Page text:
In the heart of southeast Asia, Indonesia is a wonderful place to get off the beaten track.
Home to over 17,000 islands, there’s something for everyone in this idyllic archipelago.
With so many islands to choose from though, it can be hard to know which island to go to first. To help you choose, we’ve put together this Indonesia travel guide to help you determine which island best suits your needs.
Bali: An introduction to Indonesia
Bali is undoubtedly Indonesia’s most famous island, and despite what you may think, there are still wonderful places to get off the beaten track here. One such place is Uluwatu, home to a postcard perfect white coastline and the spectacular Uluwatu temple. One of the most sacred temples in all of Bali, this beautiful religious site is perched atop rugged cliff top overlooking the lapping waves of the Indian Ocean. Beyond Uluwatu, there’s so much to do across the rest of Bali – everything from exploring the vibrant Ubud to scrambling up Mount Batur to catch a glimpse of the stunning caldera lake near the summit. The beauty of Bali is that on one island, you can experience a variety of different destinations.
In Seminyak, you can spend your days making the most of the good surfing conditions or in exploring the local markets. For the rice terraces so synonymous with Bali and a window into the island’s most holy sites, head to Ubud. If it’s a five-star resort holiday you’re after, the endless beaches of Nusa Dua won’t disappoint, while Uluwatu is a great place to escape the crowds and is home to one of the most picturesque places of worship across Asia. All in all, Bali is a great choice for first-time visitors to Indonesia, and it’s the captivating different faces of the island coupled with the world-class resorts that keep people coming back for more.
Java: The island for temple touring
Home to over half of Indonesia’s population, Java is a great island for getting to know the local life. As you head away from the capital Jakarta, you’ll uncover smouldering volcanoes, lush rice paddies and ethereal temples. The main feature of this mystical island though is Borobudur, one of the most evocative religious sights in Asia. A 9th-century Buddhist monument, this incredible structure stretches over three layers and has an incredible 72 open work stupas – each containing a Buddha – surrounding the main stupa at the top of the temple. We recommend visiting Borobudur at sunrise, when the glowing orange and purple light make this temple a magical sight.
Temples are synonymous with Java, and the impressive 10th-century Hindu temple complex Prambanan sits just to the west of Borobudur. Although Java is known for its temples, there’s a plethora of other things to do here – cycle and hike through rice fields, wander through fragrant tea and coffee plantations, watch the mesmerising lava of Kawah Ijen volcano or ride on horseback through verdant rainforests.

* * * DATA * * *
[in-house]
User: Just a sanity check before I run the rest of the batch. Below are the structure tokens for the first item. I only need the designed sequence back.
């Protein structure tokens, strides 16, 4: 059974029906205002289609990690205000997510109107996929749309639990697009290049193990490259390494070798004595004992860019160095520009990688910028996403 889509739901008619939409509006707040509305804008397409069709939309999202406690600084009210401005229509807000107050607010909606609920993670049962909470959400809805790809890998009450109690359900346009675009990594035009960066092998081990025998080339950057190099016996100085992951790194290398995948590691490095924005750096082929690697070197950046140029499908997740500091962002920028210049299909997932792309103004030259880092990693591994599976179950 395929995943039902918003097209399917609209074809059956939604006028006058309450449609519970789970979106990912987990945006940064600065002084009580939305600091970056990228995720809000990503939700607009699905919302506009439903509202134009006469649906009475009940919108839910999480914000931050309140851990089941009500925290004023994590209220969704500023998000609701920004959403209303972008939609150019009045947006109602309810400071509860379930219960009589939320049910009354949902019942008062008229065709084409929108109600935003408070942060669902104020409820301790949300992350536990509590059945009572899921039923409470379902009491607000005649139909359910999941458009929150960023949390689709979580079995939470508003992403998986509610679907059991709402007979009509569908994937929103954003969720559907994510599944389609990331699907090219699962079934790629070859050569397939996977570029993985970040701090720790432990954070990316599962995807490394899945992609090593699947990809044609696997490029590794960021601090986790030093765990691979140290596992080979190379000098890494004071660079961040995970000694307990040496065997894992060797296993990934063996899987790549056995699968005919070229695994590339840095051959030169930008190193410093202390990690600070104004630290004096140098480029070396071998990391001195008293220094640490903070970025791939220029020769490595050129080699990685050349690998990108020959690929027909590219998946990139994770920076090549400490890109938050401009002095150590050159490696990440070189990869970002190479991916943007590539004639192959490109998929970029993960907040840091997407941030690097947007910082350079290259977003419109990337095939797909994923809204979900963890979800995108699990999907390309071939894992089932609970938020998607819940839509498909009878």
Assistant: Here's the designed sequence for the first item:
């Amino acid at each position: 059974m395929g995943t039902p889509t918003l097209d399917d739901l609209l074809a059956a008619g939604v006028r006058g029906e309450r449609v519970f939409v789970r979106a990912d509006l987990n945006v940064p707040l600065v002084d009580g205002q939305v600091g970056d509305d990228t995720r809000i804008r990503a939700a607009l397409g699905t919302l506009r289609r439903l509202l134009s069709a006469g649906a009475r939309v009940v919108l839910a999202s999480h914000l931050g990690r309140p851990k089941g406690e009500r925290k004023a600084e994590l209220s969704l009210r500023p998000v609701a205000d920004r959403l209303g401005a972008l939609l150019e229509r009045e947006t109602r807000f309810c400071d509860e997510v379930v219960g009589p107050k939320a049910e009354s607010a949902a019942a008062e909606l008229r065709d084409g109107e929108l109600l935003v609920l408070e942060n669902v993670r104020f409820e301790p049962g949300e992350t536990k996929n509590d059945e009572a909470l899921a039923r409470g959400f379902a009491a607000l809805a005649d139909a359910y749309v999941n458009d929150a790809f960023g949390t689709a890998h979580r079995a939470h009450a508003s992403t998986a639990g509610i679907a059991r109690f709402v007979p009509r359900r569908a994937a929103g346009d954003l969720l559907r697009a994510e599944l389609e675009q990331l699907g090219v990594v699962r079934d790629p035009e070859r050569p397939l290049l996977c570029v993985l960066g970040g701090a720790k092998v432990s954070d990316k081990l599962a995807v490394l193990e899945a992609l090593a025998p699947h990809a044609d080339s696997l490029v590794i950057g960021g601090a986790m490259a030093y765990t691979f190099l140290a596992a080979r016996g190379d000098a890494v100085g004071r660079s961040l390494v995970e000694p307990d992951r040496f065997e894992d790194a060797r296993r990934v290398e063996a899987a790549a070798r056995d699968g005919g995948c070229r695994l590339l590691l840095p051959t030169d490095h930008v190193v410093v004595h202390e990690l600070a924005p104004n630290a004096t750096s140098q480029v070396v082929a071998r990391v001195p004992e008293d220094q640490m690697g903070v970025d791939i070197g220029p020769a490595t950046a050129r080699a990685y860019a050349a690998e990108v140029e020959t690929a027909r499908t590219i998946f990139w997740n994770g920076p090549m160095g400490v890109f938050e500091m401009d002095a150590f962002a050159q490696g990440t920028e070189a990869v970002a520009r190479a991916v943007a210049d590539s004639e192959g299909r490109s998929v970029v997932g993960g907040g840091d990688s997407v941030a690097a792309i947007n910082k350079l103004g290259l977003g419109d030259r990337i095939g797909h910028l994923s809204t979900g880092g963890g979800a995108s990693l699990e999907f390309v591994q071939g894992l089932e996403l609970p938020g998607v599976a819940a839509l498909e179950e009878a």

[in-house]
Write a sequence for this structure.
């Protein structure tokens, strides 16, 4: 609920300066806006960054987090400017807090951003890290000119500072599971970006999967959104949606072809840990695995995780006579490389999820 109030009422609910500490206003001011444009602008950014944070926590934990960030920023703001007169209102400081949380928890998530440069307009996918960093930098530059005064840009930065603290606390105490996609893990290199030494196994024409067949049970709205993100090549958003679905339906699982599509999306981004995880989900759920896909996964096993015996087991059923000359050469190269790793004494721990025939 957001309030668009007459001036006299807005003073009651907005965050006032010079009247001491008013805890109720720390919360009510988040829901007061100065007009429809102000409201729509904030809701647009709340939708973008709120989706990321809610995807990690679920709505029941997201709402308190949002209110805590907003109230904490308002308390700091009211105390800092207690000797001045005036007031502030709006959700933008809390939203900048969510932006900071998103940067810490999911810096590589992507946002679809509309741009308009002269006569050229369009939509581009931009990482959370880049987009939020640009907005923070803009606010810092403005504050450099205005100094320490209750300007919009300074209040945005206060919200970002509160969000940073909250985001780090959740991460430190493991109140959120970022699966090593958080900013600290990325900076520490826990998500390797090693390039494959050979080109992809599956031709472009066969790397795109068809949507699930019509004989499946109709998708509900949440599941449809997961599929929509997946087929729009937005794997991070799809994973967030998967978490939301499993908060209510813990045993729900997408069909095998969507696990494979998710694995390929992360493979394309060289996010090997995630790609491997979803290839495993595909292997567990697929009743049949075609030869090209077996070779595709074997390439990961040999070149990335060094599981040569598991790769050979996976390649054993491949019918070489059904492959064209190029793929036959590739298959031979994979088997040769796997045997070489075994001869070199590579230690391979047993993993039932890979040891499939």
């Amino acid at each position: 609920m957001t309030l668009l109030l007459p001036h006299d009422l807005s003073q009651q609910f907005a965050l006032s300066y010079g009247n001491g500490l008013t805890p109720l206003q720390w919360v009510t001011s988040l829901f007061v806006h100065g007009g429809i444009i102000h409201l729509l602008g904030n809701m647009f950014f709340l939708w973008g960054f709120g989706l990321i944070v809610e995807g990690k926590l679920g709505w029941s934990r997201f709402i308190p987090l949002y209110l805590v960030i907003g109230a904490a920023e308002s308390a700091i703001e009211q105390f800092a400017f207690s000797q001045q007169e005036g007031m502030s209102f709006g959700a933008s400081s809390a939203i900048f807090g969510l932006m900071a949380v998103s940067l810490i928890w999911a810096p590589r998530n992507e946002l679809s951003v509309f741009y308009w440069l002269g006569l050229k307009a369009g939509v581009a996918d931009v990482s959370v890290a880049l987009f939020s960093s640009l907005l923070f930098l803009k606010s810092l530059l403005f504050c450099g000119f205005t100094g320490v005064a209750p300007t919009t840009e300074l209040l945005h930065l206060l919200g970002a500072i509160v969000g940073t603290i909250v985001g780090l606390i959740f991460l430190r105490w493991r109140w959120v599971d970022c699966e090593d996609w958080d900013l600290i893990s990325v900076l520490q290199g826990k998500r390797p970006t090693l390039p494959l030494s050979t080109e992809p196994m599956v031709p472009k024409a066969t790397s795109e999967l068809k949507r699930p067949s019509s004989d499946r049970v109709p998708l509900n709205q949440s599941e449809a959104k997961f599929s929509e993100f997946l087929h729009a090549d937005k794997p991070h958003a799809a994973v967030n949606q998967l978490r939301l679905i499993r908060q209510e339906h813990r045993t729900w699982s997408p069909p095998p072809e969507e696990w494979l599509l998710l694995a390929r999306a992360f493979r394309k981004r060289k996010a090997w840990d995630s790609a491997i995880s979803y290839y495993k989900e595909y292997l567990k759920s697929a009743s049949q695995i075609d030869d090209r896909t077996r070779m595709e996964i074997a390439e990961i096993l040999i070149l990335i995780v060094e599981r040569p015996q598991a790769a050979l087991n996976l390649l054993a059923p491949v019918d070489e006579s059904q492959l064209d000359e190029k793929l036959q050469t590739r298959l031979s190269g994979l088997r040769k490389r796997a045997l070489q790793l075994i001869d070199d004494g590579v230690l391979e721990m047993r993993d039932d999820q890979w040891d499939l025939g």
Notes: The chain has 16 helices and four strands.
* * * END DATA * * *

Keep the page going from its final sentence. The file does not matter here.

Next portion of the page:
Lombok: A local’s look at Indonesia
Bali’s smaller and quieter sibling, Lombok is the island to visit if you’re looking for oozes of natural charm and wonderful seclusion. Just a 20-minute flight or a pleasant two-hour boat journey from Bali, Lombok is still relatively undeveloped and its unhurried rice paddies, idyllic palms and dense tropical jungle all wonderfully untouched. Lombok is perfect for a beach getaway, with Suri beach in the north and a variety of white sandy bays in the south far from the tourist hotspots of Sengiggi and Materam.
Lombok is also a perfect base for exploring the infamous Gili islands, as they’re easily accessible via a number of different boats. Visiting the three Gili islands is like stepping back in time, with bicycles and horses and carts the only form of transport. These hidden away islands are increasing in popularity, but a private boat is the perfect way to view the paradise beaches and snorkel in complete seclusion.
Raja Ampat: World-class diving
Any diving enthusiast will no doubt have heard of Raja Ampat – an archipelago of Indonesian islands located just off the northwest tip of Papua New Guinea. Made up of over 1,500 tiny islands, Raja Ampat is characterised by forest covered islets, blissful coastline and crystal clear turquoise water. All of the islands in Raja Ampat are part of the Coral Triangle, making the islands’ waters some of the best in the world for diving. Over 35 species of fish and up to 40 corals are endemic to this region, so any diver is in for a captivating show.
As the islands are so remote and uninhabited by humans, the best way to explore them is by boat. An exclusive private charter tailored to your specific needs is a great way to see the Raja Ampat islands in an unforgettable way. With rugged and scenic beauty, Raja Ampat is truly heaven on earth; diving the islands’ waters whilst lounging on a spacious deck between dives and tucking into al fresco dining is a truly world-class experience.